Over two decades' research puts Lyn Macdonald among the greatest popular chroniclers of the First World War. In 1915: The Death of Innocence, from the poignant memories of participants, she has once again created an unforgettable slice of military history.
By the end of 1914, the battered British forces were bogged down, yet hopeful that promised reinforcements and spring weather would soon lead to a victorious breakthrough. A year later, after appalling losses at Aubers Ridge, Loos, Neuve Chapelle, Ypres and faraway Gallipoli, fighting seemed set to go on for ever. Drawing on extensive interviews, letters and diaries, this book brilliantly evokes the soldiers' dogged heroism, sardonic humour and terrible loss of innocence through 'a year of cobbling together, of frustration, of indecision'.
'It is rare to find a history of the First World War which manages to convey the front-line soldiers' experiences and to describe what it was that enabled those who survived to get through it. Lyn Macdonald has done just that' Sunday Times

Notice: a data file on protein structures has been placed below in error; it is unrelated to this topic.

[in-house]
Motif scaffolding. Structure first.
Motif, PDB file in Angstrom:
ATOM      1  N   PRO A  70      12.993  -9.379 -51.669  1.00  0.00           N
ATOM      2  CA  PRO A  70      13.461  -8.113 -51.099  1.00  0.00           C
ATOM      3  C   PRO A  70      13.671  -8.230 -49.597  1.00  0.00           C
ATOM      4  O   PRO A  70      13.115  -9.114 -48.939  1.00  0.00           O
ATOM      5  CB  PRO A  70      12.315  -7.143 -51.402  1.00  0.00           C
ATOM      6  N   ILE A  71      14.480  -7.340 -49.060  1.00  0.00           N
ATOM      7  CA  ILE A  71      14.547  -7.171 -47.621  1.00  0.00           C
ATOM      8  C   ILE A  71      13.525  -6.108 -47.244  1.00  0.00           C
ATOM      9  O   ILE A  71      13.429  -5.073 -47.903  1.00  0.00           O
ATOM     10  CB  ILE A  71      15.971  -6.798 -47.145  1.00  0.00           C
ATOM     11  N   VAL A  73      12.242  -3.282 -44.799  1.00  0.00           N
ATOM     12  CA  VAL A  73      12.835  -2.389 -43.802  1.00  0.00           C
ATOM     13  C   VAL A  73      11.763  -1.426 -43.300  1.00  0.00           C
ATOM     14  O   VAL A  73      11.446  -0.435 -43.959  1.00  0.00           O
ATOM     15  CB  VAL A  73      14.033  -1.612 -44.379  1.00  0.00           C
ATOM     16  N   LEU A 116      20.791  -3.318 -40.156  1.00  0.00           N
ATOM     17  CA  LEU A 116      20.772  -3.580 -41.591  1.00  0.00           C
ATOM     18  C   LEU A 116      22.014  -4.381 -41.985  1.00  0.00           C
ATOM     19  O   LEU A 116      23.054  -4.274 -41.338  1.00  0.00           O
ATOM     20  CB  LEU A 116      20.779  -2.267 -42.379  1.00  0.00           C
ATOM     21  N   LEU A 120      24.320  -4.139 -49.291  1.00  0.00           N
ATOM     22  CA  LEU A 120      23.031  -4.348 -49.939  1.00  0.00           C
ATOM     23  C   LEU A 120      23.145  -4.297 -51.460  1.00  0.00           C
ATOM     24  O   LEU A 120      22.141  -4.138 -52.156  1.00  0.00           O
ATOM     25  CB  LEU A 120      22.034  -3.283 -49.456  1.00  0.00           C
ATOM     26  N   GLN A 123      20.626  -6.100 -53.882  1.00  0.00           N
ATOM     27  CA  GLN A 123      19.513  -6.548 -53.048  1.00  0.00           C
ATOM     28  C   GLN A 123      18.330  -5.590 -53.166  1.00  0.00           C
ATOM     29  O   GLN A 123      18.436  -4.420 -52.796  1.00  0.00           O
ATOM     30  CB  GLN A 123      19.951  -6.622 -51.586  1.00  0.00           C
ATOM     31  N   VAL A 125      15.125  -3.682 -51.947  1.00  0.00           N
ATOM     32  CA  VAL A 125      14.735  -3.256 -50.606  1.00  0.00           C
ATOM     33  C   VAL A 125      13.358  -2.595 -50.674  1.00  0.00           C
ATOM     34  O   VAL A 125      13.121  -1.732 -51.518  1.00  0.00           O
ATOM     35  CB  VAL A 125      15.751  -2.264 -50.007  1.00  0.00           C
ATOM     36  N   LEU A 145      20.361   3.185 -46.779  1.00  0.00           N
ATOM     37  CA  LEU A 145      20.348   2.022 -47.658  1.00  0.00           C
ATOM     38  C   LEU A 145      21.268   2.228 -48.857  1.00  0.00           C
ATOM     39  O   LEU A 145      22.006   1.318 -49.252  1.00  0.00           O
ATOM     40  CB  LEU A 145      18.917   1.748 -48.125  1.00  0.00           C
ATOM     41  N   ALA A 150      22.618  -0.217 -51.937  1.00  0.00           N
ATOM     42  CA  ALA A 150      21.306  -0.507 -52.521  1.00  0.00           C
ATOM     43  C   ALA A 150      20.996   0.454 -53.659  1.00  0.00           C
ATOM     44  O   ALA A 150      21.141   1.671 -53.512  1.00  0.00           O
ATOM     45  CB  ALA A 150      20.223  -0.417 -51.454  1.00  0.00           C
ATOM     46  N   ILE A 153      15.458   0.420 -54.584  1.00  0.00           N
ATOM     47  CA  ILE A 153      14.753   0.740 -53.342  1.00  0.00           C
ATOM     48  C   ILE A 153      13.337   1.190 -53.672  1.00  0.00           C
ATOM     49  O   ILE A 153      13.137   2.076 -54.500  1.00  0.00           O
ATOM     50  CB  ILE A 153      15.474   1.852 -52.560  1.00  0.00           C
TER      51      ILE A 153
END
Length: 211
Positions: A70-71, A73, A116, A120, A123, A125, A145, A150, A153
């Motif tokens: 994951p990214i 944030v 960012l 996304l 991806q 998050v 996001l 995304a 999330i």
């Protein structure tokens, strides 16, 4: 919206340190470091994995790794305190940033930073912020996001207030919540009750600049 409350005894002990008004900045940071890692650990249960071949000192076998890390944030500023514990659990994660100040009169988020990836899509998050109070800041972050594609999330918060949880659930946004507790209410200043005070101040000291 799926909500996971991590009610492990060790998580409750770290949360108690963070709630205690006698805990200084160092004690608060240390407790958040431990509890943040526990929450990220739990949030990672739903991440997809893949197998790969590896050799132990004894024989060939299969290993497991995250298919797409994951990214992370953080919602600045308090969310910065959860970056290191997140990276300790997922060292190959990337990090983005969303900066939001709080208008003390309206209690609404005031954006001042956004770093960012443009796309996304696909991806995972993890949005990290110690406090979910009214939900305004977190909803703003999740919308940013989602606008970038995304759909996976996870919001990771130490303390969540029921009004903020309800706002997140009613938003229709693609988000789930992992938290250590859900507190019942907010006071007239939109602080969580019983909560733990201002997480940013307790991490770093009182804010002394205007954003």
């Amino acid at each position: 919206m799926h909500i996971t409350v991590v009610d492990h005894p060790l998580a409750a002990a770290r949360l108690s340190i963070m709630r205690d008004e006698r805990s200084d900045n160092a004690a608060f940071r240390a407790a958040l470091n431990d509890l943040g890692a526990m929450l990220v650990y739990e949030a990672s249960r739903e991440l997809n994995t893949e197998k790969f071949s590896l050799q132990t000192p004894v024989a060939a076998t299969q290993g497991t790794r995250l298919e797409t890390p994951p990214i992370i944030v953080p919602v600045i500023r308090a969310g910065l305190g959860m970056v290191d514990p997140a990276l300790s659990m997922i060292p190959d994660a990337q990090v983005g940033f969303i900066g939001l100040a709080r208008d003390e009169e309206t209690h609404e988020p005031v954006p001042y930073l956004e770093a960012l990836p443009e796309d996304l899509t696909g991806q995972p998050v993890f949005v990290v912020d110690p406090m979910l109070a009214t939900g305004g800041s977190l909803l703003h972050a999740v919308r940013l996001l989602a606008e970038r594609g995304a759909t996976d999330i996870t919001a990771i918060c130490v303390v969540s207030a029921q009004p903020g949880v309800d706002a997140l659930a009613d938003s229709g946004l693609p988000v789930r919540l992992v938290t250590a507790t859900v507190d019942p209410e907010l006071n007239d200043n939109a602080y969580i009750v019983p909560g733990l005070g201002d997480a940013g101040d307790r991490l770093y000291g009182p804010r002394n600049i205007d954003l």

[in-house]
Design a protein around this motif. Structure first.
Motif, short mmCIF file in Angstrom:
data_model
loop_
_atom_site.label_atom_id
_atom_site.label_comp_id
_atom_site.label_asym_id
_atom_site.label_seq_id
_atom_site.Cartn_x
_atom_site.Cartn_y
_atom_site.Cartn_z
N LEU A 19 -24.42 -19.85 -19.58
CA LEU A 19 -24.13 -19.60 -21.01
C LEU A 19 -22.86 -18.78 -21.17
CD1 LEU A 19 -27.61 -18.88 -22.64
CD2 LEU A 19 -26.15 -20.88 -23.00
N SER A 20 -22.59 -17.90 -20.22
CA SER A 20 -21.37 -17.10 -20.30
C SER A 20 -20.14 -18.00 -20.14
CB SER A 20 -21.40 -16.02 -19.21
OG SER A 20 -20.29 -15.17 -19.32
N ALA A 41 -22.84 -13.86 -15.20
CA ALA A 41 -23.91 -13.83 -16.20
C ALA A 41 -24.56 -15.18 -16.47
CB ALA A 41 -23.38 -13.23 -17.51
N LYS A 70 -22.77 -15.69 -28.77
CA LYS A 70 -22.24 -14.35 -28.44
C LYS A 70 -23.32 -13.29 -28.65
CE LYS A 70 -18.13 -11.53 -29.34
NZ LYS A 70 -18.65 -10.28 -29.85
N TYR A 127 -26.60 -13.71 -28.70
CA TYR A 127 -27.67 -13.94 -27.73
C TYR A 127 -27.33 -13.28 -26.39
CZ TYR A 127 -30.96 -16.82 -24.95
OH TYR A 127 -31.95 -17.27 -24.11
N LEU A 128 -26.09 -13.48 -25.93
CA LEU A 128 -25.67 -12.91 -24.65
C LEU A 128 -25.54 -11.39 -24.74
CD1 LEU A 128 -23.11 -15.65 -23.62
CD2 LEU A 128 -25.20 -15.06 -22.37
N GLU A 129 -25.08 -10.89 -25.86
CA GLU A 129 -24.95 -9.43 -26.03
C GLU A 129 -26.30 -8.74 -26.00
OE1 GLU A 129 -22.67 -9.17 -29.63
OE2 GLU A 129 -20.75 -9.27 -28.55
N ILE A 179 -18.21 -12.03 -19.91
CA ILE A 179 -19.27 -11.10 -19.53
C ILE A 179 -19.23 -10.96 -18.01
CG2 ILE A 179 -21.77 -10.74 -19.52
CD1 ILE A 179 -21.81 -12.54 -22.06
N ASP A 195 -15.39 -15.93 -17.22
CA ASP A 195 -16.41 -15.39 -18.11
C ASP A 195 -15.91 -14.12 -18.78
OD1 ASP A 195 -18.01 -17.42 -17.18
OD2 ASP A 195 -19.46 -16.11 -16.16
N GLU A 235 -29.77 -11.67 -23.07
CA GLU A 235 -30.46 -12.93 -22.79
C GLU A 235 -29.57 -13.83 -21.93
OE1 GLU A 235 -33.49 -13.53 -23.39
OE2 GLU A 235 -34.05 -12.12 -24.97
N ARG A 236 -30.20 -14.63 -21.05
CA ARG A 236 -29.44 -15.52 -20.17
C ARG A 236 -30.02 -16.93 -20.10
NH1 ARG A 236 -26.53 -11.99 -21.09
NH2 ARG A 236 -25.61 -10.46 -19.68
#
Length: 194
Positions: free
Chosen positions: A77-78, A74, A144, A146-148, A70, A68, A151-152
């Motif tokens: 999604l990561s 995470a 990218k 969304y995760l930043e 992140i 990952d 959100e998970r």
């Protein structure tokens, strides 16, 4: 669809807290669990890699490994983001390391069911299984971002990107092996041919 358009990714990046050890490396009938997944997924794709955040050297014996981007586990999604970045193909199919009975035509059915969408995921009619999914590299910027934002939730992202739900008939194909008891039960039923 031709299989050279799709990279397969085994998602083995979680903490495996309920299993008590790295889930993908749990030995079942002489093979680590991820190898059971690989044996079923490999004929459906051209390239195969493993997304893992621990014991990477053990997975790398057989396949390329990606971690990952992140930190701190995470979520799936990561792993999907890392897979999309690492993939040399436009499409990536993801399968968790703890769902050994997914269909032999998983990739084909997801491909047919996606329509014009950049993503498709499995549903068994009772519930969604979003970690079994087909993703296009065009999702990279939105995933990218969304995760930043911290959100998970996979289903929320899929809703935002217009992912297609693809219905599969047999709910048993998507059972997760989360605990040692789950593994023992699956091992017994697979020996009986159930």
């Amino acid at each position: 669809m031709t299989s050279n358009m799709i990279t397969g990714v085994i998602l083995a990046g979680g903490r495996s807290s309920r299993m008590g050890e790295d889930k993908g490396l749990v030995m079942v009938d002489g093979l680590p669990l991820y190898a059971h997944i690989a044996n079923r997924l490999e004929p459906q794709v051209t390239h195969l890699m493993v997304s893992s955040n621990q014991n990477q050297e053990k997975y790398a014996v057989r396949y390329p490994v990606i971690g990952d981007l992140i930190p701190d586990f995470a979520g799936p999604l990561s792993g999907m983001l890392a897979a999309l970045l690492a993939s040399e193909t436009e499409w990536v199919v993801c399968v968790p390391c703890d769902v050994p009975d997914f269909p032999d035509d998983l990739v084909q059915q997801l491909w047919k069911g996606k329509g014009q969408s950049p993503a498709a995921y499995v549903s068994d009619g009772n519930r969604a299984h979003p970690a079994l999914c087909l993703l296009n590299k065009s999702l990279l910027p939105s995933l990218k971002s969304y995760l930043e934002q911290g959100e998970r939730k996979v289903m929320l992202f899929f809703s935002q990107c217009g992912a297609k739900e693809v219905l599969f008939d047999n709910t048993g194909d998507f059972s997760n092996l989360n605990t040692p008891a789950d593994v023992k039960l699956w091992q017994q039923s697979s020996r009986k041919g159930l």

Over the past twenty years Lyn Macdonald has established a popular reputation as an author and historian of the First World War. Her books are based on the accounts of eyewitnesses and survivors, told in their own words, and cast a unique light on the First World War. Most are published by Penguin.
Based on letters, journals and memoirs, this fifth volume of Macdonald's chronicle of the Great War as British soldiers experienced it covers the battles of Neuve Chapelle and Loos, the second battle of Ypres and the Gallipoli campaign. The author provides a detailed look at the unique trench culture of the British 1st Army and analyzes ``lessons learned,'' such as the proper deployment of massed artillery and infantry reserves during that bloody year. Her assessment of Allied strategy and tactics is unparalleled in clarity. Her statistics further dramatize the loss of life on the Western Front in 1915 (Macdonald regards Gallipoli as an extension of the Western Front): Of the 19,500 square miles of German-occupied territory fought over, only eight were recovered-an average of 200,000 casualties per mile. Macdonald's vividly rendered history evokes pity and awe at the slaughter. By Christmas 1915, she notes, there was still some hope of ending the conflict quickly, but it was no longer the hope of innocent optimism. Photos.